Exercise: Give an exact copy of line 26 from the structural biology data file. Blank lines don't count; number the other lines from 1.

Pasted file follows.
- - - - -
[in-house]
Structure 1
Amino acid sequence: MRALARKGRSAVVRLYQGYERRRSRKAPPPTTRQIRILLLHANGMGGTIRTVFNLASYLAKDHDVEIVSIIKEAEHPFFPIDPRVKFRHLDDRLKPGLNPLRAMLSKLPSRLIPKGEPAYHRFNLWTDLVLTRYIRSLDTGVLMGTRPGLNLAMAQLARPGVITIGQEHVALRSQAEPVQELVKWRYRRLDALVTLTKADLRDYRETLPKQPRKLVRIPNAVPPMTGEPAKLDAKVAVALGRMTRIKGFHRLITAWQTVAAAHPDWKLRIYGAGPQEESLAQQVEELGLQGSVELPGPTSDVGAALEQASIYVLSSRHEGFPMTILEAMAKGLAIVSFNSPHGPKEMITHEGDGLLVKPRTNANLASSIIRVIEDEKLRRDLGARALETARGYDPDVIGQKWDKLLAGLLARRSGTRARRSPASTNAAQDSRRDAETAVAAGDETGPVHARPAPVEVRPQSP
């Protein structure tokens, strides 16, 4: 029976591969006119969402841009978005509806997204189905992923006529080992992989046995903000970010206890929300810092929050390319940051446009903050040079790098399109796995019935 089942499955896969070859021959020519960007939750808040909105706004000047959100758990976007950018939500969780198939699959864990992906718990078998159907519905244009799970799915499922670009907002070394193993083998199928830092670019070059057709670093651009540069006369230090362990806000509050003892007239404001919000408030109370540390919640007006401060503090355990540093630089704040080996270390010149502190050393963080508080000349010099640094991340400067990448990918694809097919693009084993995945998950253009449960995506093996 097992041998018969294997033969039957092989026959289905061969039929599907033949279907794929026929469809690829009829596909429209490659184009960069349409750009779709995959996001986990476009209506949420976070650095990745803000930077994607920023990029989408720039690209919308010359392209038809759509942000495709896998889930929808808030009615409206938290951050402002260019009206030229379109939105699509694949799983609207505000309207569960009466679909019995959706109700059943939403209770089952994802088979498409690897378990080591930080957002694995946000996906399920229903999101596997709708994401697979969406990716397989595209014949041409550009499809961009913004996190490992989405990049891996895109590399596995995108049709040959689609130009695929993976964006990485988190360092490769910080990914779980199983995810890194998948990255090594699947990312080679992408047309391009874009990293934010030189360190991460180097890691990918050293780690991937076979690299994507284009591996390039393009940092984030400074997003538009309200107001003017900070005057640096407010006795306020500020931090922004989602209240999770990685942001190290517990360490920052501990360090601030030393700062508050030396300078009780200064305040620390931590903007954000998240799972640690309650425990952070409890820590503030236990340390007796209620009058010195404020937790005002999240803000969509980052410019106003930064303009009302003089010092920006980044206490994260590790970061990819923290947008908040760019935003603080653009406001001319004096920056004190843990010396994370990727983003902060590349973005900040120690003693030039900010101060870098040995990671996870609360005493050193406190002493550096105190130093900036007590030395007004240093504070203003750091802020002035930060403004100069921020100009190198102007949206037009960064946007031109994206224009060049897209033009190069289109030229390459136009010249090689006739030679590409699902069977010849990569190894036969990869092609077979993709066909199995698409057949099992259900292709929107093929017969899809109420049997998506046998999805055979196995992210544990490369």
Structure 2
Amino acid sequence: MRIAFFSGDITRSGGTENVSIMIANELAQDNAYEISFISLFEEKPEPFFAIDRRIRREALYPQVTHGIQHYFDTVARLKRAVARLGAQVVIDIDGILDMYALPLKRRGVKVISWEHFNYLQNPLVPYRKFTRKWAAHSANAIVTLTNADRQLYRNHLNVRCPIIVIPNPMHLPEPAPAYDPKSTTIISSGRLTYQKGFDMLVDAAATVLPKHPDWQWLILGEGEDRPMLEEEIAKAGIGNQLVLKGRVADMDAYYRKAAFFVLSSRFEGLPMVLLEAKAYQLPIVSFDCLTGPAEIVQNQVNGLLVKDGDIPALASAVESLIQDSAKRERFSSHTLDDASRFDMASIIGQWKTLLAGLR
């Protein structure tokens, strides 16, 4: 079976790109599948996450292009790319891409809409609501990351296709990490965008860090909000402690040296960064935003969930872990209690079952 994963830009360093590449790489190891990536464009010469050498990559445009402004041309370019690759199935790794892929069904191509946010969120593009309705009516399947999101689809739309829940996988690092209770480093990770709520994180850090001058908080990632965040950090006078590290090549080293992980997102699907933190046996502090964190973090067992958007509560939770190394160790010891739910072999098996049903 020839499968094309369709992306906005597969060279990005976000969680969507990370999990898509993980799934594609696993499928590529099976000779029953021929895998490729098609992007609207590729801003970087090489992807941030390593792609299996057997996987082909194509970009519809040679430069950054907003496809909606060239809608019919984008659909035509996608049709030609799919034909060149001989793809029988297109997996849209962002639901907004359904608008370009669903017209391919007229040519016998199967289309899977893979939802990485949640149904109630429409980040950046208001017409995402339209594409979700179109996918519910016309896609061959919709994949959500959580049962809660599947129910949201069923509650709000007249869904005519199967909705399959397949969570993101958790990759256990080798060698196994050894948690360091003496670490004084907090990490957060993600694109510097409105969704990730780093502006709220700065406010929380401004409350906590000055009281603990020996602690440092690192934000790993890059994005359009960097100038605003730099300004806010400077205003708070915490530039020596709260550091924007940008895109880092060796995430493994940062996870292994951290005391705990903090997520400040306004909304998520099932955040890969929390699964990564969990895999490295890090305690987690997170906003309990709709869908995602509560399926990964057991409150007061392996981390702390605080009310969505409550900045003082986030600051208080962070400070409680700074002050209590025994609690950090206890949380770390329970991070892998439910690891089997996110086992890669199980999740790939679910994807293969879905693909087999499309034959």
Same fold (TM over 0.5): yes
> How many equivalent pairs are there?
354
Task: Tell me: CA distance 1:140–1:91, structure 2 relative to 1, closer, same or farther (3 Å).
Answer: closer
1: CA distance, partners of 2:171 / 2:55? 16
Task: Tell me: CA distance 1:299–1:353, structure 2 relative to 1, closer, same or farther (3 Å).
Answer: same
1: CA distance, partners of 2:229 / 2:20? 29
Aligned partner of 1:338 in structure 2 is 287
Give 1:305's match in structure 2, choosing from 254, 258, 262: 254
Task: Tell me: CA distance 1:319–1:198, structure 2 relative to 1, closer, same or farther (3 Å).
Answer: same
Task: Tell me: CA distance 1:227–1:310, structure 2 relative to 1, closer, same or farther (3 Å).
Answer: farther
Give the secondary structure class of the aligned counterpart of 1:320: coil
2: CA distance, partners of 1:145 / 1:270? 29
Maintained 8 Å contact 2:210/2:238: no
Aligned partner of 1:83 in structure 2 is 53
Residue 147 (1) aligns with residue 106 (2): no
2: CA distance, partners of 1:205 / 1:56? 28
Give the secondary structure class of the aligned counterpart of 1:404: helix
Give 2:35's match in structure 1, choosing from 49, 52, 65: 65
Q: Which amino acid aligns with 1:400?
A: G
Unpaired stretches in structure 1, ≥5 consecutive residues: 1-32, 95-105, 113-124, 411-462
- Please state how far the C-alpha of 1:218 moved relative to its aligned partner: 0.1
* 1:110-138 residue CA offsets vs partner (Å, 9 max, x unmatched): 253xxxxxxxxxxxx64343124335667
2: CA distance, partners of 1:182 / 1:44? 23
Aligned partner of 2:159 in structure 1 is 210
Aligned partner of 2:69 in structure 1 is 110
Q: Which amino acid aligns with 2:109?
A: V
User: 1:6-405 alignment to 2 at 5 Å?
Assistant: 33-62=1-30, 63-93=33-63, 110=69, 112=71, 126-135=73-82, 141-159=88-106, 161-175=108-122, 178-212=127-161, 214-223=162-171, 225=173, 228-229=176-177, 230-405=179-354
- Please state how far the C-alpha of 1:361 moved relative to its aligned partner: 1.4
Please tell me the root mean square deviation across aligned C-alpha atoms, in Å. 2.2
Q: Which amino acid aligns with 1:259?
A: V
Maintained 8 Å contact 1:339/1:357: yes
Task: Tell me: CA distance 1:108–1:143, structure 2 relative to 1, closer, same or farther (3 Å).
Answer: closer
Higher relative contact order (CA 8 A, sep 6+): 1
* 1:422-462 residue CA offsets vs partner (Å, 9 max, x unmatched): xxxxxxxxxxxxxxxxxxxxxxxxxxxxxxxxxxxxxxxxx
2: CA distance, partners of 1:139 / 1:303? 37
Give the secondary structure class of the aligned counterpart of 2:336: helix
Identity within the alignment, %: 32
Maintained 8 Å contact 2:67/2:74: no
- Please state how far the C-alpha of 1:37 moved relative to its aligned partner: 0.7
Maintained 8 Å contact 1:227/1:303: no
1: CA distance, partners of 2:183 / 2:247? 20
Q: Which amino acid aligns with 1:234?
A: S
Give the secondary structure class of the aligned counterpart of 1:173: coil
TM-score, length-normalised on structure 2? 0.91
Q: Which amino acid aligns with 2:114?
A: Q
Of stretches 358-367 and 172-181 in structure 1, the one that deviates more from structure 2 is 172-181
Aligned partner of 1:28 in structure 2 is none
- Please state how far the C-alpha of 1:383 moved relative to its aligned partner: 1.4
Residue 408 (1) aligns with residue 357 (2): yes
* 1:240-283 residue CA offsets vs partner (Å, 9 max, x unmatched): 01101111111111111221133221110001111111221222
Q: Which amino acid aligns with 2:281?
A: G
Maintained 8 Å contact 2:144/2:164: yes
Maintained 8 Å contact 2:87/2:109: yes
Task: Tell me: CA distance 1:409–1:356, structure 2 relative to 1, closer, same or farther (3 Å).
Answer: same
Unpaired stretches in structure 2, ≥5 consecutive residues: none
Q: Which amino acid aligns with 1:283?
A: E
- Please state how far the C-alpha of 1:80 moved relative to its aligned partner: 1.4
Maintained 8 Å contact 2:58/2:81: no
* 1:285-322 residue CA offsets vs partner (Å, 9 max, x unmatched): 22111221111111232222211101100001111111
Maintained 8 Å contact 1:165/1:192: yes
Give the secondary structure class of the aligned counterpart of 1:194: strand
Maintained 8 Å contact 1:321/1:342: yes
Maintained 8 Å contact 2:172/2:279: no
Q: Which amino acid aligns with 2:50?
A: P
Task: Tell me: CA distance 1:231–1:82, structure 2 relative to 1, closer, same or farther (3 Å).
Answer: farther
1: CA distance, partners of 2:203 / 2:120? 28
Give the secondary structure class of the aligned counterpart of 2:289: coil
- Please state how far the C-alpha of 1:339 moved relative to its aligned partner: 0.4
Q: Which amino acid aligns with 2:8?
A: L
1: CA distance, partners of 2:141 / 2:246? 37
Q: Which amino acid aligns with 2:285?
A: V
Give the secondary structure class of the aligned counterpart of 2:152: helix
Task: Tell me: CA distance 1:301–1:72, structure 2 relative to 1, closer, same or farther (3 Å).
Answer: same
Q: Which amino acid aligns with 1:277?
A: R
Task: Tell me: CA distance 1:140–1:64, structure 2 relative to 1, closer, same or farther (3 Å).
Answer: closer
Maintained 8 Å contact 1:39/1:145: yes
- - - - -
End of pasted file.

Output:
Aligned partner of 1:83 in structure 2 is 53